Patients with and without experience with tumor necrosis factor (TNF)–blocker biologics have incomplete knowledge of biosimilars for these agents, according to findings presented at the Academy of Managed Care Pharmacy 2021 Nexus meeting.
Patients with immune-mediated conditions from Alabama, Mississippi, Nebraska and Puerto Rico (N = 500) were moderately inclined to accept anti–tumor necrosis factor (TNF) biosimilars, according to findings from a study presented at the Academy of Managed Care Pharmacy (AMCP) Nexus 2021 meeting.
The survey was conducted online from December 2020 to January 2021 and included patients receiving biologic therapy (44%; n = 221) or not currently receiving a biologic (56%; n = 279). Of the latter group, 16% had past biologic use and 40% were biologic naive.
Patients with rheumatoid arthritis, psoriasis, psoriatic arthritis, and inflammatory bowel disease were included. A criterion for participation was that patients were not currently receiving an infliximab biosimilar.
“Most patients who completed the survey had not heard of biosimilars,” authors of the study wrote. “The majority of patients were receptive to biosimilar treatment and considered cost as part of the decision-making process.”
However, patients expressed particular concerns about adverse events that might arise during biosimilar use and how well these agents would treat their condition.
The authors concluded that through education, patients’ acceptance of biosimilars could improve.
Willingness to Switch
Patients under treatment with an originator biologic at the time of the survey were asked whether they would switch to biosimilar treatment if proposed by their provider. According to findings, 43% would accept the switch, 32% were unsure, and 26% were opposed to switching.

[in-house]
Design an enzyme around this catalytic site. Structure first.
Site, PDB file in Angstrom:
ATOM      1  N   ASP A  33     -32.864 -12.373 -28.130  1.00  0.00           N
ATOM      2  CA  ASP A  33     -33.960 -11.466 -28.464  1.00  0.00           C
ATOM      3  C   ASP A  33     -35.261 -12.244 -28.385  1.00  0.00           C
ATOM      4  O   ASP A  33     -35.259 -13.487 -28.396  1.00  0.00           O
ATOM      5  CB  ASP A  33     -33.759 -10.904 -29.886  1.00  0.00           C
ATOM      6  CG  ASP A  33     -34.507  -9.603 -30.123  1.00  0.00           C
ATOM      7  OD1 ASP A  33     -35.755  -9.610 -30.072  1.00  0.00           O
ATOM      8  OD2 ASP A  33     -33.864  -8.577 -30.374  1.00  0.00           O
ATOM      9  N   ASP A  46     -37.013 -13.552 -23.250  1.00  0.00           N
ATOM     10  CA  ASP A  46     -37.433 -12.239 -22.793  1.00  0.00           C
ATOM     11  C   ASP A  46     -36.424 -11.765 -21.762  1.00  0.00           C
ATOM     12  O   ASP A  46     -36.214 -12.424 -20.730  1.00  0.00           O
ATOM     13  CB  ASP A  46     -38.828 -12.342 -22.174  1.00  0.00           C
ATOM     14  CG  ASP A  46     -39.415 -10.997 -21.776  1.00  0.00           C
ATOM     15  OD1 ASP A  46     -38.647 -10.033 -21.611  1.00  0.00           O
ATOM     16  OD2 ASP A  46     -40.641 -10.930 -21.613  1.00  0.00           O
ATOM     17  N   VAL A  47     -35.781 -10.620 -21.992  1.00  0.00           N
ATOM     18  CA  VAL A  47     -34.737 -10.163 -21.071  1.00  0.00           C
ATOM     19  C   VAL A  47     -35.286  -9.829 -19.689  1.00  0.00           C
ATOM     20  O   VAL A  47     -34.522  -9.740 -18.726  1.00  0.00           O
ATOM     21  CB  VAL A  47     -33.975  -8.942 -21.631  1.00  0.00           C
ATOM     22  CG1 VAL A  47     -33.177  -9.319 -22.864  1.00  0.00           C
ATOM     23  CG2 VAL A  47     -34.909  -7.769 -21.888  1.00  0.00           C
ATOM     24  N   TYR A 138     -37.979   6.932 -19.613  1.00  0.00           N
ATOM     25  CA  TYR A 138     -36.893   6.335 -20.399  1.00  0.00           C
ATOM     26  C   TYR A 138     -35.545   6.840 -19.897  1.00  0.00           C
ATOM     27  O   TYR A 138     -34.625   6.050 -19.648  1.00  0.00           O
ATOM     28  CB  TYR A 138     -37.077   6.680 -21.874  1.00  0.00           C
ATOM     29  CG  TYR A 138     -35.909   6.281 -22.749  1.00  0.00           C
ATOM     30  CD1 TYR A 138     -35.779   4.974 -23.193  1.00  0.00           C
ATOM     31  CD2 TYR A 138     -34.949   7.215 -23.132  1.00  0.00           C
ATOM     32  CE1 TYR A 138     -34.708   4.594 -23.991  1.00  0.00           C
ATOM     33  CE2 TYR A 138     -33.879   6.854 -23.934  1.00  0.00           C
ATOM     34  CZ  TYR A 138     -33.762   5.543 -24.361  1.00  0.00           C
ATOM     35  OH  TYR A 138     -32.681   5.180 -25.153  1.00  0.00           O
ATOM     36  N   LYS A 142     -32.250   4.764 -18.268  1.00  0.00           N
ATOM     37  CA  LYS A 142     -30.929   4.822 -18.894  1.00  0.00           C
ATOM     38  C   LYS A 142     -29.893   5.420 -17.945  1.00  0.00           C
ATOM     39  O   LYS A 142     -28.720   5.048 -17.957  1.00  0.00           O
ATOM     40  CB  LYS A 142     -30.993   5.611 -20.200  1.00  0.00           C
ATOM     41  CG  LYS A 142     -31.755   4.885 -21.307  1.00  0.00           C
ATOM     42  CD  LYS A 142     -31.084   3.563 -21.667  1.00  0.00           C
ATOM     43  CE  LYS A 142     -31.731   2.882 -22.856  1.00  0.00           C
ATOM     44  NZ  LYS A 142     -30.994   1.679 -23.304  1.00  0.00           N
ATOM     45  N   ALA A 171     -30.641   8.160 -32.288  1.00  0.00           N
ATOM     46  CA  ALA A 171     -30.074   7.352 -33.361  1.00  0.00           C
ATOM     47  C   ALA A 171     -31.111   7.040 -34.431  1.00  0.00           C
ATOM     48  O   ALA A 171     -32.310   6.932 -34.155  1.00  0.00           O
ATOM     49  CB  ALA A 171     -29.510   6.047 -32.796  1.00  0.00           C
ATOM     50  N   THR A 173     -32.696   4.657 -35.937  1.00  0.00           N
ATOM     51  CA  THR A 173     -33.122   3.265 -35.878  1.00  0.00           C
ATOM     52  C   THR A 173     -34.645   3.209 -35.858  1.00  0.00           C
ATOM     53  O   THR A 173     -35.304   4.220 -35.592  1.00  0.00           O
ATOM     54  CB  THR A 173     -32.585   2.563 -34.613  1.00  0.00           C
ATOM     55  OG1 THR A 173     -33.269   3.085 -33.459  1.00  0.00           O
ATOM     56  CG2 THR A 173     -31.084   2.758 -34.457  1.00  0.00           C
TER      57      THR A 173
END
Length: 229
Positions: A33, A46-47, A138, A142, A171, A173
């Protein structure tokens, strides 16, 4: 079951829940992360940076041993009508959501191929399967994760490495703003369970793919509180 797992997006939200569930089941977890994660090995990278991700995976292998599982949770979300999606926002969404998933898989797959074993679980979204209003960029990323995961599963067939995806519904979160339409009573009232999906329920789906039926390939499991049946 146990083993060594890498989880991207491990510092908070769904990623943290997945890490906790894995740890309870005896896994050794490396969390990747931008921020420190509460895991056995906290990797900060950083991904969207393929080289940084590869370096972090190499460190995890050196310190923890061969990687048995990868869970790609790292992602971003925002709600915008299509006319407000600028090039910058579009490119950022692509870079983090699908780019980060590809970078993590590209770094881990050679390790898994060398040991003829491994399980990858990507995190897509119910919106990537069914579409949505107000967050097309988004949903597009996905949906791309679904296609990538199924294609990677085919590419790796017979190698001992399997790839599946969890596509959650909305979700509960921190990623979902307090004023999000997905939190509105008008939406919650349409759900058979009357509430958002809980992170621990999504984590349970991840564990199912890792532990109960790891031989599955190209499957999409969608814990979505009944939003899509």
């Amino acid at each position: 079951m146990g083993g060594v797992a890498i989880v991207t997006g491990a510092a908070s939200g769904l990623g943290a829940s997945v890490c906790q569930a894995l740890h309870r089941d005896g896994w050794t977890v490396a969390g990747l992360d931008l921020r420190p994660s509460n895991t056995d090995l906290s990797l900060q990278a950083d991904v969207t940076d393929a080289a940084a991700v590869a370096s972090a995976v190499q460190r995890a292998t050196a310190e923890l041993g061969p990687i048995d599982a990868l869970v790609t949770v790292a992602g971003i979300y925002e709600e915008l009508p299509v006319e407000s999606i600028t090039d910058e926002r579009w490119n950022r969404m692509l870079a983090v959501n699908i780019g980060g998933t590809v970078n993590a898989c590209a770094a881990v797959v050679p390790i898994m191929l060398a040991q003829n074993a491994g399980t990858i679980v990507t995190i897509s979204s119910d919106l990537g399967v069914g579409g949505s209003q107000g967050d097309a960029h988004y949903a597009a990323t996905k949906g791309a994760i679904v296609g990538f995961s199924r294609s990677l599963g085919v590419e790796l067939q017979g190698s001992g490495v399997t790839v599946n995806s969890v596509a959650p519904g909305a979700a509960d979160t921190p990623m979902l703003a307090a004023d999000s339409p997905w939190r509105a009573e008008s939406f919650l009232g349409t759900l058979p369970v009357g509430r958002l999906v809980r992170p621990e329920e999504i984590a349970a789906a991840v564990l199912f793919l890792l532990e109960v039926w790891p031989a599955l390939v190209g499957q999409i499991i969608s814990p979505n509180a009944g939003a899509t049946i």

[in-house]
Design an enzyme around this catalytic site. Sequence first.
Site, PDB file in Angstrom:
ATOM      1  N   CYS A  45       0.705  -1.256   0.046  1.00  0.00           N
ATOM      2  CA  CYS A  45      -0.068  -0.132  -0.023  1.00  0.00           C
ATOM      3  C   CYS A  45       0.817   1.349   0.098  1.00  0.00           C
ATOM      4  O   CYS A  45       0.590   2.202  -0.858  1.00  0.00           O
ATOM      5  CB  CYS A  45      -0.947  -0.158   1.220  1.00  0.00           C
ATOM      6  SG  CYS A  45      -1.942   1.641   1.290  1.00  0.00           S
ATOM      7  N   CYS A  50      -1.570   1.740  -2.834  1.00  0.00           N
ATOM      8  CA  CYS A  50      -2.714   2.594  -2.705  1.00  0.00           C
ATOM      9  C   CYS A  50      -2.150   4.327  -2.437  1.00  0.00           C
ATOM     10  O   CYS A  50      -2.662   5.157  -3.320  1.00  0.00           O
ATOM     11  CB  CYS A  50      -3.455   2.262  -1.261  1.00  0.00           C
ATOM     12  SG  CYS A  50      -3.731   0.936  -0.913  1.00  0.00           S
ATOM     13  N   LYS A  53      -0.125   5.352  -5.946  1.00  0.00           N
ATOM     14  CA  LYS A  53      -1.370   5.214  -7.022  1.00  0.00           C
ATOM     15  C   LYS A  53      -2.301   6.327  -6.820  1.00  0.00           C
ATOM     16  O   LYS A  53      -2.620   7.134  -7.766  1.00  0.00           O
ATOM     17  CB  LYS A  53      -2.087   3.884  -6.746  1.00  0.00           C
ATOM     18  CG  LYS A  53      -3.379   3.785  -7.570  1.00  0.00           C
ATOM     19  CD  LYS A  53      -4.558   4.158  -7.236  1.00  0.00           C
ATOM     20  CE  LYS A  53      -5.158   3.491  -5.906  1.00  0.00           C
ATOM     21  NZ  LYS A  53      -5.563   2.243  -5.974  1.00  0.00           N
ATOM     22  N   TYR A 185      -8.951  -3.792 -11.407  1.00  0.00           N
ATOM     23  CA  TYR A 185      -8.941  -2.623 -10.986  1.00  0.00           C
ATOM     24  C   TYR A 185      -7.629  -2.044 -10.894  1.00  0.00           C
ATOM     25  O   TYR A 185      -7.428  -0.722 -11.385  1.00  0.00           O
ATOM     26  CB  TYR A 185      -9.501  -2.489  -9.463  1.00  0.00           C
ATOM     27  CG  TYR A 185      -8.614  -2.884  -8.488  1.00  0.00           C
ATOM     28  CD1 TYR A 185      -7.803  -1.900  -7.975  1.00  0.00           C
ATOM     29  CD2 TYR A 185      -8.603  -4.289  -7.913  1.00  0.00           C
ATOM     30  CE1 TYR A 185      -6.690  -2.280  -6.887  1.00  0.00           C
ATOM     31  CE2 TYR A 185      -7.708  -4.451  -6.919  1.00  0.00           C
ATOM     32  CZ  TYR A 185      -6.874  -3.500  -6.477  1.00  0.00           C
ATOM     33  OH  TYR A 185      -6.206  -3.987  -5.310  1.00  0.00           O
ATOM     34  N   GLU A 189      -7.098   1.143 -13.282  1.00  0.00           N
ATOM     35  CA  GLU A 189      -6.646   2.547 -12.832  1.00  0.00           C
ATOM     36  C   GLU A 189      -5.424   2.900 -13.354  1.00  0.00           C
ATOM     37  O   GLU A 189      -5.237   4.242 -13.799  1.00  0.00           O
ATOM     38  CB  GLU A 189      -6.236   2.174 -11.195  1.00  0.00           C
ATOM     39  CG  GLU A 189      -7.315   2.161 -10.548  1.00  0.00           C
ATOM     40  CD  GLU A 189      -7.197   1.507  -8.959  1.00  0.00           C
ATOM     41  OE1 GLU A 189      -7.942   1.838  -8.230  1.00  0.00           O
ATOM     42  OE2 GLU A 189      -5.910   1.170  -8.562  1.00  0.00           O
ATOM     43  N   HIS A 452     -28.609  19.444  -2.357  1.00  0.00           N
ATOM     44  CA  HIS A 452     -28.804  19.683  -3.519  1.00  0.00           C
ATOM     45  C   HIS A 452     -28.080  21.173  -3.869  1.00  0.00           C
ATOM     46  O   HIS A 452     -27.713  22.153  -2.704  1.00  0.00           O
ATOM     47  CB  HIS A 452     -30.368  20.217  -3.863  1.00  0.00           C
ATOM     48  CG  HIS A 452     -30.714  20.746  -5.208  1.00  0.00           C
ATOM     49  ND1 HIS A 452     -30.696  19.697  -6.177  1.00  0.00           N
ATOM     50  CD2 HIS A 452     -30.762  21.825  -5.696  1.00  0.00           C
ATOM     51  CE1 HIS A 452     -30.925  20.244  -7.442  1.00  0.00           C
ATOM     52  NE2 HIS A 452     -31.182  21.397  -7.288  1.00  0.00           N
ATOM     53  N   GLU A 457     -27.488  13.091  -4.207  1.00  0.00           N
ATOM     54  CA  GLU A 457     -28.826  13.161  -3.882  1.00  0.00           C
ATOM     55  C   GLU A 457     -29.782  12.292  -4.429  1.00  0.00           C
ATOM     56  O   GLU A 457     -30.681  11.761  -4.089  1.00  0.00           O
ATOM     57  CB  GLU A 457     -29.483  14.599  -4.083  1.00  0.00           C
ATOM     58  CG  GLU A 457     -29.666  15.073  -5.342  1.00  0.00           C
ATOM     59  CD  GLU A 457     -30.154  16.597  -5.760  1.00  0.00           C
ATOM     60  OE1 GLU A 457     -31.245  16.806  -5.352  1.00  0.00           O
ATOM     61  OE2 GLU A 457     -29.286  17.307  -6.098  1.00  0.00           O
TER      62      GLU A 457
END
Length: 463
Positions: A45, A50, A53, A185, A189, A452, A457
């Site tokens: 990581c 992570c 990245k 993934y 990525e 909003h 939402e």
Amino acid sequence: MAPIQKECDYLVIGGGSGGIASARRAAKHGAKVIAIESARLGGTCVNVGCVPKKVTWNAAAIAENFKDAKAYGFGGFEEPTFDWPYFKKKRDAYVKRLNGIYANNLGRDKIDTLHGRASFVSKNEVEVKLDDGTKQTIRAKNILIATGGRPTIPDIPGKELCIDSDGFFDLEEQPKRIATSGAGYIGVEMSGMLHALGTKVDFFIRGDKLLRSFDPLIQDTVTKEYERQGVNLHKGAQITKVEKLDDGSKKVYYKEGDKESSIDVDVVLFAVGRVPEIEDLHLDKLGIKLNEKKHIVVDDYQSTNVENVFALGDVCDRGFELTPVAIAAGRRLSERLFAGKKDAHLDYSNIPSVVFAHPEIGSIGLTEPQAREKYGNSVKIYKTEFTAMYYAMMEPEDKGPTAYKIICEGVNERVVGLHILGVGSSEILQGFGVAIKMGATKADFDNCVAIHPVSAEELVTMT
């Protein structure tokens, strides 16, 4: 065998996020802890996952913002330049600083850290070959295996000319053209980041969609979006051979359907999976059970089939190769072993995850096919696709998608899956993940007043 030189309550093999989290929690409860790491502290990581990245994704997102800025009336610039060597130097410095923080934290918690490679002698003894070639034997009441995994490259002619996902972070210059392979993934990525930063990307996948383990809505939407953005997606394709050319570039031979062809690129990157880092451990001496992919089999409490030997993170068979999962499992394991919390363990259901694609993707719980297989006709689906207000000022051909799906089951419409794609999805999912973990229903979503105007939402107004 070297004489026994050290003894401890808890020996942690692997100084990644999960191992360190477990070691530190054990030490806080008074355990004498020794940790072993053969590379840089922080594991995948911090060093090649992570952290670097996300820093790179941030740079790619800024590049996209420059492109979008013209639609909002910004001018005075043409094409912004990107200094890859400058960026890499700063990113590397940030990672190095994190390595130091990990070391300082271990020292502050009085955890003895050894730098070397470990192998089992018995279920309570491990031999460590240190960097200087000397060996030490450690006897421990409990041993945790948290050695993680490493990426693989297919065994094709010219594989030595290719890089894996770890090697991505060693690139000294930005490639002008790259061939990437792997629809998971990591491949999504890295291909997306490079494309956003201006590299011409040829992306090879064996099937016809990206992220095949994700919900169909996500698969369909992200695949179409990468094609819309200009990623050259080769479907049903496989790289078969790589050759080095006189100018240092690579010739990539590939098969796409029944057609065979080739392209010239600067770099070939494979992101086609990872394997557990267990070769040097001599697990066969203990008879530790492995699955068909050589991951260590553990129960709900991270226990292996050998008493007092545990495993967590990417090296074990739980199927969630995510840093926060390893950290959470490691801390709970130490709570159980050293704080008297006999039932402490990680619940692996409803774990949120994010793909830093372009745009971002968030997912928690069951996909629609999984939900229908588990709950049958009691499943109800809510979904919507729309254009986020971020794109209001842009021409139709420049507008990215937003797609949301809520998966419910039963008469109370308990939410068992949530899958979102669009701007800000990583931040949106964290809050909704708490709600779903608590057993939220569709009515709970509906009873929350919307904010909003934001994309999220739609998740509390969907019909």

Patients not under treatment with a biologic were asked how they would feel if their insurance company required use of a biosimilar but their provider had prescribed a reference anti-TNF medicine. The survey indicated 49% would not accept the switch, 43% were unsure, and 8% were opposed to switching.
The findings suggested patient knowledge and experience with biosimilars were low: just 24% had heard of biosimilars, and among those who were current biologic users, 38% were familiar with biosimilars. Among past biologic users or the biologic naïve, just 12% indicated having heard of biosimilars.
Patients were shown the FDA definition of biosimilars, which is that biosimilars are as safe and efficacious as their reference drugs with no clinically meaningful differences in outcomes. They were then asked about their concerns.
Study authors said 37% of current biologic users were concerned they didn’t know enough about biosimilars vs 53% of past biologic users or biologic naïve patients. Other concerns for current vs past biologic/naïve patients, respectively, were as follows:
The mean age of patients completing the survey was 48.6 years; and 52% of patients were 35 to 54 years of age. The gender proportion of those participating was 61% female and 39% male. Equal proportions of patients had rheumatoid arthritis, psoriatic arthritis, or inflammatory bowel disease, which was per study design.
Among patients who were on a biologic at the time of the survey, 55% were receiving adalimumab; 26%, etanercept; and 9%, infliximab.
The study was funded by Boehringer Ingelheim. Some of the authors disclosed business relationships or stock ownership in AbbVie and other large pharmaceutical companies.
Ganguly S, Jacobson GM, Franklin AC, et al Attitudes about biosimilars among US patients with rheumatoid arthritis, psoriasis, psoriatic arthritis, or inflammatory bowel disease: an online survey. Presented at AMCP Nexus 2021, October 18-21, 2021. Poster Z10.